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Publication numberUS5852531 A
Publication typeGrant
Application numberUS 08/855,851
Publication dateDec 22, 1998
Filing dateMay 12, 1997
Priority dateSep 20, 1996
Fee statusLapsed
Also published asCN1082694C, CN1177795A, DE19724688A1, DE19724688B4
Publication number08855851, 855851, US 5852531 A, US 5852531A, US-A-5852531, US5852531 A, US5852531A
InventorsKen'ichiro Yamada
Original AssigneeFujitsu Limited
Export CitationBiBTeX, EndNote, RefMan
External Links: USPTO, USPTO Assignment, Espacenet
Spinvalve magnetoresistive head and method of manufacturing the same and magnetic recording/reproducing apparatus
US 5852531 A
Abstract
In a spinvalve magnetoresistive head comprises a free magnetic layer made of soft magnetic material, a nonmagnetic intermediate layer overlapped with the free magnetic layer, and a pinning magnetic layer overlapped with the nonmagnetic intermediate layer and made of soft magnetic material, magnetization angles of the free magnetic layer and the pinning magnetic layer relative to a track core width direction are set such that a resistance-magnetic field curve is made linear, whereby symmetry of the reproduced outputs can be improved.
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Claims(26)
What is claimed is:
1. A spinvalve magnetoresistive head comprising:
a free magnetic layer made of soft magnetic material;
a nonmagnetic intermediate layer overlapped with said free magnetic layer; and
a pinning magnetic layer overlapped with said nonmagnetic intermediate layer and made of soft magnetic material;
wherein a magnetization angle (θf) of said free magnetic layer and a magnetization angle (θp) of said pinning magnetic layer relative to a track core width direction are set such that an electric resistance-magnetic field curve is in a range of -10˜+10% in an asymmetry (Asym) defined by the formula;
Asym(%)=((cos θp/cos3 θf-4·amr)/(cos θp·tan θf-sin θp-4·amr·sin θf)·(∂ sin θf/∂H)+(∂2 sin θf/∂H2)/(∂ sin θf/∂H))·ΔH/2
where amr is a ratio of resistance change due to spinvalve magnetoresistance effect and resistance change due to an anisotropic magnetoresistance effect.
2. A spinvalve magnetoresistive head of claim 1, wherein an antiferromagnetic layer is formed to contact said pinning magnetic layer, and a magnetization direction of said pinning magnetic layer is fixed by an exchange coupling between said antiferromagnetic layer and said pinning magnetic layer.
3. A spinvalve magnetoresistive head of claim 1, wherein a magnetization direction of said pinning magnetic layer is inclined and non-perpendicular with respect to said track core width direction.
4. A spinvalve magnetoresistive head of claim 1, wherein a magnetization direction of said free magnetic layer is inclined from said track core width direction.
5. A spinvalve magnetoresistive head of claim 3, wherein a magnetization direction of said free magnetic layer and a magnetization direction of said pinning magnetic layer are inclined respectively in an area surrounded by vertices having coordinate values (-10°, 0°), (-40°, 60°), (-40°, 100°), (10°, 130°), (40°, 100°), (40°, 60°), and (10°, 0°) in a coordinate system wherein a first angle relative to said track core width is plotted on a lateral axis and a second angle of magnetization of said pinning magnetic layer relative to said track core width is plotted on a vertical axis.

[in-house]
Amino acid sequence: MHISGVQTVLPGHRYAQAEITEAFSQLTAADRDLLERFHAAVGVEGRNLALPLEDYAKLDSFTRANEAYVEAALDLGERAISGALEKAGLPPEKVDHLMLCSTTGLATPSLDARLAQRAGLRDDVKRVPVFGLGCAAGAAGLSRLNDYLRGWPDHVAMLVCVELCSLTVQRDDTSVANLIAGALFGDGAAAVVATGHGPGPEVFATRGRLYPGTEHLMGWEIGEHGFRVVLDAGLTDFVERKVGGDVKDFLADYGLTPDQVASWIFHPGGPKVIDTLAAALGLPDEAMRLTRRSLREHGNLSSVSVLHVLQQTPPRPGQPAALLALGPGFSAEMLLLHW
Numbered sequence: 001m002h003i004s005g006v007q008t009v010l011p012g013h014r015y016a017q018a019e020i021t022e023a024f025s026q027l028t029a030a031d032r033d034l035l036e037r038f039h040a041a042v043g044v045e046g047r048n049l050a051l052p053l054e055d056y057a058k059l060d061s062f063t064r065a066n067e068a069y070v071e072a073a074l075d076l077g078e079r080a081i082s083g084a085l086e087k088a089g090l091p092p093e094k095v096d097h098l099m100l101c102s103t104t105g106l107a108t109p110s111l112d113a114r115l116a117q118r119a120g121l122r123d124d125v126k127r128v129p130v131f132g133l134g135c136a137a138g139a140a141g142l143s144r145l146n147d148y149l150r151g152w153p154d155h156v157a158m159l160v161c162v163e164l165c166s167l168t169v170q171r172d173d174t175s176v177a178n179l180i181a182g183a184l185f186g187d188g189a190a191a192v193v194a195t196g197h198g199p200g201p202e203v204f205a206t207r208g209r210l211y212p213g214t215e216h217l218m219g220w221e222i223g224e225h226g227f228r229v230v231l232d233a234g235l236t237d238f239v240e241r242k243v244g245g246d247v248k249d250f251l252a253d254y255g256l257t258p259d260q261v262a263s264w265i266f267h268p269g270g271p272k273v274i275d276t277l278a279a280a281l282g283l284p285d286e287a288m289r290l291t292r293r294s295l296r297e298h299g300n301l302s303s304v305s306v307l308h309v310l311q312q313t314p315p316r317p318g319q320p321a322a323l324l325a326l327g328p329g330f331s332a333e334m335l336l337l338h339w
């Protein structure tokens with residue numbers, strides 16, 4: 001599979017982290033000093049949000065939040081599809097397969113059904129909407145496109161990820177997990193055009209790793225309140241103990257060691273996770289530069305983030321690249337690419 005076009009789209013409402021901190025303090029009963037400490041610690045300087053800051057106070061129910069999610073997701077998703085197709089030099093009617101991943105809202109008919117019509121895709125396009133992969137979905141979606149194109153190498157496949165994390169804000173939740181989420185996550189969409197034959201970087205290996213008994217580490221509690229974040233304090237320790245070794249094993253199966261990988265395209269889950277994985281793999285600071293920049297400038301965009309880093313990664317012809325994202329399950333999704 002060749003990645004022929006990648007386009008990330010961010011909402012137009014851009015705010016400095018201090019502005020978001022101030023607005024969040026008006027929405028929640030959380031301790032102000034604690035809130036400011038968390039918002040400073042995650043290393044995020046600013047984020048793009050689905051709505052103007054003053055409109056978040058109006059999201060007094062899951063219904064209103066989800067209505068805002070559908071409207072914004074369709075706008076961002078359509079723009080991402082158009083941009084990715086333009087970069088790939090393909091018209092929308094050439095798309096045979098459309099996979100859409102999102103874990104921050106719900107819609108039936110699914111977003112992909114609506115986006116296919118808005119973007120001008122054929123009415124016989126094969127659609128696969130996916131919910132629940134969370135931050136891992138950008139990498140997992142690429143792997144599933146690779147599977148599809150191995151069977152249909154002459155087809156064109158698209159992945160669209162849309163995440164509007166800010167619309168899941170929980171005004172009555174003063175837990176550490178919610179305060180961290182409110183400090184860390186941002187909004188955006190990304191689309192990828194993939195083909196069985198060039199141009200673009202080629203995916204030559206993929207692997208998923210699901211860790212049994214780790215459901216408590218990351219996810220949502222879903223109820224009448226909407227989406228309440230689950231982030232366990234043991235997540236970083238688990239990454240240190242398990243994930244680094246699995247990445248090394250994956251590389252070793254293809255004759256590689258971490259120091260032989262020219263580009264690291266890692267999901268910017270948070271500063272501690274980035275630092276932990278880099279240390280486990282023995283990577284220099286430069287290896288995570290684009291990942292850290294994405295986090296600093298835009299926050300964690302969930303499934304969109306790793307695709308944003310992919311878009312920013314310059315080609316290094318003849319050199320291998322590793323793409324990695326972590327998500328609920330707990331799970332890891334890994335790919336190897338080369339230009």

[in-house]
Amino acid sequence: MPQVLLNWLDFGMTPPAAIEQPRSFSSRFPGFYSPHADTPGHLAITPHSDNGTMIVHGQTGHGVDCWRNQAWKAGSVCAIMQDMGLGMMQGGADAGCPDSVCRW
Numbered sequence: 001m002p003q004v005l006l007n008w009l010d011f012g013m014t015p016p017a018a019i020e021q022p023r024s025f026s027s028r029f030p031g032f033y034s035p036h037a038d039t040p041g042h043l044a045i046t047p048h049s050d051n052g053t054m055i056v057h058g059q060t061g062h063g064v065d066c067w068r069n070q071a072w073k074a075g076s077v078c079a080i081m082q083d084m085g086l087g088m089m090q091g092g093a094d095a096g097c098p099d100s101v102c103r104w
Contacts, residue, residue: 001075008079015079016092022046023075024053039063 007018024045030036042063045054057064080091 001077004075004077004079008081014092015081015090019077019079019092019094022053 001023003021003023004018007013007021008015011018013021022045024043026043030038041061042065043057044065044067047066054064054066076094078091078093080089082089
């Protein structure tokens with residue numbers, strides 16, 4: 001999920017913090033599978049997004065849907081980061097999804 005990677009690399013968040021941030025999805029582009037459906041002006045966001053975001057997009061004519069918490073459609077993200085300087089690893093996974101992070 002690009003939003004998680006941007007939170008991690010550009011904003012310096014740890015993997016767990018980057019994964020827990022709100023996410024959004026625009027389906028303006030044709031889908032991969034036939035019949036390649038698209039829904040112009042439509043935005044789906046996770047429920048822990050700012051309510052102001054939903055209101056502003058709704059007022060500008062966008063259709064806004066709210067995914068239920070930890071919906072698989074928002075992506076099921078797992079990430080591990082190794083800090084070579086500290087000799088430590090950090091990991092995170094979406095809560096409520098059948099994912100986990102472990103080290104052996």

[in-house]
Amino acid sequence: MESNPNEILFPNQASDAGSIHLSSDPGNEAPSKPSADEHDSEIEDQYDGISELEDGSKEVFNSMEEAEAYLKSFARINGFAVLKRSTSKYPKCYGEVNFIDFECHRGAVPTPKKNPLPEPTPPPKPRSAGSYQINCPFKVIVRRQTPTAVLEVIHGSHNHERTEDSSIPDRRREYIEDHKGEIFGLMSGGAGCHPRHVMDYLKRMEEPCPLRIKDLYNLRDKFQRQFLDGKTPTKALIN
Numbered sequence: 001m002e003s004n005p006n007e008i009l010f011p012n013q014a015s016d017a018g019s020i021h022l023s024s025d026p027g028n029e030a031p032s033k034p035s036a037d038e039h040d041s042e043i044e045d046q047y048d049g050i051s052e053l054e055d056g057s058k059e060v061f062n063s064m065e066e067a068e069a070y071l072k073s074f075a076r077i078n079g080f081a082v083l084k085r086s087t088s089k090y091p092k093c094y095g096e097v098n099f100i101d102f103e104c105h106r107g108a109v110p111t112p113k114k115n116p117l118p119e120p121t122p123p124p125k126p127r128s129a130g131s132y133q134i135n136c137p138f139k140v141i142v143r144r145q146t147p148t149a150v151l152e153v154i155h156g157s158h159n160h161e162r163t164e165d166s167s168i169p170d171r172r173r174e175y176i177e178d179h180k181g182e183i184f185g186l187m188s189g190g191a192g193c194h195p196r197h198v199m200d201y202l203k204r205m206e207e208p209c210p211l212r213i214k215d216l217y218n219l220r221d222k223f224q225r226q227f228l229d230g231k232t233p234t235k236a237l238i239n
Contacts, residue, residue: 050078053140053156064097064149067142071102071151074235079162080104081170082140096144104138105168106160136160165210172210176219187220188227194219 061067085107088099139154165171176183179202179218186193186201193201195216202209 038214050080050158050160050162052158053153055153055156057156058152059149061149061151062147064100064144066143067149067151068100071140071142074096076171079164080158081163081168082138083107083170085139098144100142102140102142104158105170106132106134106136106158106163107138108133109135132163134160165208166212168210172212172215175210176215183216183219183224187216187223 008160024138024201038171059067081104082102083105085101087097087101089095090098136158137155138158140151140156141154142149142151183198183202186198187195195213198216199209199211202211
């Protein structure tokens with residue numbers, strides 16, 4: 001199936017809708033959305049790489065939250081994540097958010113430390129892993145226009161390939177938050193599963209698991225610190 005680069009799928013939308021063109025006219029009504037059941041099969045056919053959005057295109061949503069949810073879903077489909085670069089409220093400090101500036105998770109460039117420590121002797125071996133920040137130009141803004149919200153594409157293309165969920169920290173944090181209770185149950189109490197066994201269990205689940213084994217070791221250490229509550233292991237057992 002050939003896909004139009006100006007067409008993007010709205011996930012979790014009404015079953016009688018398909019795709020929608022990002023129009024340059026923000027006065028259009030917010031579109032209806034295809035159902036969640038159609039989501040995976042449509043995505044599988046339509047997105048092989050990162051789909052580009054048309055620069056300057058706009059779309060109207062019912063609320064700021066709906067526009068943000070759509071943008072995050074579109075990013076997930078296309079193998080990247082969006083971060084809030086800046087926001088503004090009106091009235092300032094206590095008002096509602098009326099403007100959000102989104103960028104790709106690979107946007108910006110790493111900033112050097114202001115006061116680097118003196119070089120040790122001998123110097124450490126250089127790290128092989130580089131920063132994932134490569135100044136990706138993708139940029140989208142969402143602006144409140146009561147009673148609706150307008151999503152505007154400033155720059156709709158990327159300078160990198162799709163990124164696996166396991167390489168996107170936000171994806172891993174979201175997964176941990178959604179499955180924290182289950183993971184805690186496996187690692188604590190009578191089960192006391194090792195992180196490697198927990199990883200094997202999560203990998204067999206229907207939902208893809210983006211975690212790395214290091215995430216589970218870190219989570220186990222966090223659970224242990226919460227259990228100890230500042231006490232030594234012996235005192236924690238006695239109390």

6. A spinvalve magnetoresistive head of claim 3, wherein an antiferromagnetic layer is formed to contact said pinning magnetic layer, and a magnetization direction of said pinning magnetic layer is fixed by an exchange coupling between said antiferromagnetic layer and said pinning magnetic layer.
7. A spinvalve magnetoresistive head of claim 1, wherein said amr is less than 15%.
8. A spinvalve magnetoresistive head of claim 7, wherein a ratio of resistance change due to said anisotropic magnetoresistive effect of said free magnetic layer is less than 1%.
9. A spinvalve magnetoresistive head of claim 8, wherein said free magnetic layer consists of a multilayer structure made of at least one of the following alloys: CoFe alloy, CoFeX based alloy including an element X, NiFe alloy, and NiFeY based alloy including an element Y.
10. A spinvalve magnetoresistive head of claim 9, wherein atomic partial rates of said CoFe alloy are that Co is 85 to 95 atoms % and Fe is 5 to 15 atoms %.
11. A spinvalve magnetoresistive head of claim 9, wherein atomic partial rates of said CoFeX alloy are that Co is 85 to 95 atoms % and Fe is 5 to 15 atoms %.
12. A spinvalve magnetoresistive head of claim 9, wherein said X is boron, carbon, or nitrogen.
13. A spinvalve magnetoresistive head of claim 8, wherein said free magnetic layer consists of a single layer structure made of at least one of the following alloys: CoFe alloy, CoFeX based alloy including an element X, NiFe alloy, and NiFeY based alloy including an element Y.
14. A spinvalve magnetoresistive head of claim 13, wherein atomic partial rates of said CoFe alloy are that Co is 85 to 95 atoms % and Fe is 5 to 15 atoms %.
15. A spinvalve magnetoresistive head of claim 13, wherein atomic partial rates of said CoFeX alloy are that Co is 85 to 95 atoms % and Fe is 5 to 15 atoms %.
16. A spinvalve magnetoresistive head of claim 13, wherein said X is boron, carbon, or nitrogen.
17. A spinvalve magnetoresistive head of claim 7, wherein a rate of resistance change due to said magnetoresistive effect caused by a difference of respective magnetization angles between said free magnetic layer and said pinning magnetic layer is more than 6%.
18. A magnetic disk drive comprising:
(a) a spinvalve magnetoresistive head comprising:
a free magnetic layer made of soft magnetic material,
a nonmagnetic intermediate layer overlapped with said free magnetic layer, and
a pinning magnetic layer overlapped with said nonmagnetic intermediate layer and made of soft magnetic material,